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Who Owns the Stock Market? It’s Not Just the Wealthy

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Who Owns the Stock Market? It’s Not Just the Wealthy

February 14, 2020

Are the rich taking over the stock market?

It is a familiar story that wealth inequality is widening to intolerable levels. And now the Financial Times reports the same is happening in stocks.

“The richest 1 per cent of Americans now account for more than half the value of equities owned by US households, according to Goldman Sachs. Since 1990, the wealthiest have bought a net $1.2tn in company stakes, while the rest of the population has sold more than $1tn.

Three decades ago, ownership was also lopsided, but the top percentage point of Americans by wealth only controlled 46 per cent of all US equities held by households. By the end of September 2019, that proportion had hit a record 56 per cent, amounting to $21.4tn, according to the investment bank’s calculations. That includes both public stock and ownership stakes in private companies.”

This could be driving lots of the economic inequality, because the returns to capital (owning stock) has been outpacing the returns to labor (pay from working). But by many measures the ownership of capital has never been more equal.  For instance, two thirds of the stock market (public markets) is owned by institutional investors, including pension funds who invest their assets on behalf of working people who make up the bottom 90%. Pension funds also are among the biggest investors in private equity.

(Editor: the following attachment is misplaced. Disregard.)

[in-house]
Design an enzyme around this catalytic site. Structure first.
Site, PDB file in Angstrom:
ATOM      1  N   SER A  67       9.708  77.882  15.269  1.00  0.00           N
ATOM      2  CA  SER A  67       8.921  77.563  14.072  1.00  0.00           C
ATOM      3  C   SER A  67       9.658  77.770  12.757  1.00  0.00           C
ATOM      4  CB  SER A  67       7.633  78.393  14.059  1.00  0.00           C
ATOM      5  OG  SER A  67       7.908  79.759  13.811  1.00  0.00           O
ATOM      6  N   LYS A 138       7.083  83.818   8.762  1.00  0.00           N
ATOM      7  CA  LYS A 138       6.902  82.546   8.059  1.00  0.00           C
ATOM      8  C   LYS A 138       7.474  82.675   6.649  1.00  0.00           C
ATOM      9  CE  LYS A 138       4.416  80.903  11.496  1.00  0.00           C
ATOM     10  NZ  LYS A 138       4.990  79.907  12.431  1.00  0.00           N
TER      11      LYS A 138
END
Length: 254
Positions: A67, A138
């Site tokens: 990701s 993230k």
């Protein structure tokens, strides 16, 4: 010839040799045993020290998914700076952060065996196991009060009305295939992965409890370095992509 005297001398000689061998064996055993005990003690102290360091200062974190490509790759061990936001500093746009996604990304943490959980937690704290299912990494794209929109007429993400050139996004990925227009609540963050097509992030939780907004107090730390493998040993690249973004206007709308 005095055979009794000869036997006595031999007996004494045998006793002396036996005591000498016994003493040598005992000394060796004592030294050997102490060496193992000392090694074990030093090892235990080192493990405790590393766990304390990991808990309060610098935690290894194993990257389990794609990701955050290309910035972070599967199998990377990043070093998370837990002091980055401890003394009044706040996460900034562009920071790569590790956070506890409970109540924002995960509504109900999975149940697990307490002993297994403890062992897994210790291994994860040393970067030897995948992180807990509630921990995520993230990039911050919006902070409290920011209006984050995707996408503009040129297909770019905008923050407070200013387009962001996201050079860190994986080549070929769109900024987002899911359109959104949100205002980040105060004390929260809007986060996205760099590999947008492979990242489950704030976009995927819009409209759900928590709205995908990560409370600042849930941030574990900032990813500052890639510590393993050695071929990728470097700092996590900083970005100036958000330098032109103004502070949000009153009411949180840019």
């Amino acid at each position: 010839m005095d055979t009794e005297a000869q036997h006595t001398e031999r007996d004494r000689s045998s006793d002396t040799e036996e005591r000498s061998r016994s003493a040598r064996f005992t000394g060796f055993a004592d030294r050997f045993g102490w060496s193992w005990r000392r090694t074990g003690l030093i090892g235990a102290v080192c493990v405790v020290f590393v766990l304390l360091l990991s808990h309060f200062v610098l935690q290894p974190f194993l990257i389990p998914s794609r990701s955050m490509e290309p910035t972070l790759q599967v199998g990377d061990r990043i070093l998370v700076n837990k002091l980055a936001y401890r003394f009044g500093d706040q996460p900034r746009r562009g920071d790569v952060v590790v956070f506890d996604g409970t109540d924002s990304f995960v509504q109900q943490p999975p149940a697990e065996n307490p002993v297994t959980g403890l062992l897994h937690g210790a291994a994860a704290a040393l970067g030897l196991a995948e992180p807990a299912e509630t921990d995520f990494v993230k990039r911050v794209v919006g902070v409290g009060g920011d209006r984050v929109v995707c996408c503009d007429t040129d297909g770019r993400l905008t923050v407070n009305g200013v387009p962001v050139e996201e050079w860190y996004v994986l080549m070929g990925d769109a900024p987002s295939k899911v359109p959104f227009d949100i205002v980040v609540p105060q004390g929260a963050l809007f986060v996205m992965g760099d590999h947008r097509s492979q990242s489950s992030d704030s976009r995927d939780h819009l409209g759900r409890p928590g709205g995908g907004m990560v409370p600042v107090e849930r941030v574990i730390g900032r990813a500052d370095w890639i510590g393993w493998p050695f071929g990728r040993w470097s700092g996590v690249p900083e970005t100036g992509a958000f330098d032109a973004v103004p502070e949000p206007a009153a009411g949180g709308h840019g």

Traditionally, the rich were the only ones who owned stock at all. But stock ownership increased over the years through 401(k) type plans that made the market more accessible to many American households.

share of Americans who own stock

It is possible that much of the disparity Goldman Sachs estimates is coming from private firms. The richest 1% often got that way from starting very successful businesses, some which are still privately held. Owners have become less likely to go public, turning instead to private markets. In this case, Goldman’s findings may be more reflective of entrepreneurial success, as well as regulations and structural changes that make going public unattractive, than economic injustice.

Allison Schrager is a senior fellow at the Manhattan Institute. Follow her on Twitter here.

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Photo by Laurence Dutton/iStock

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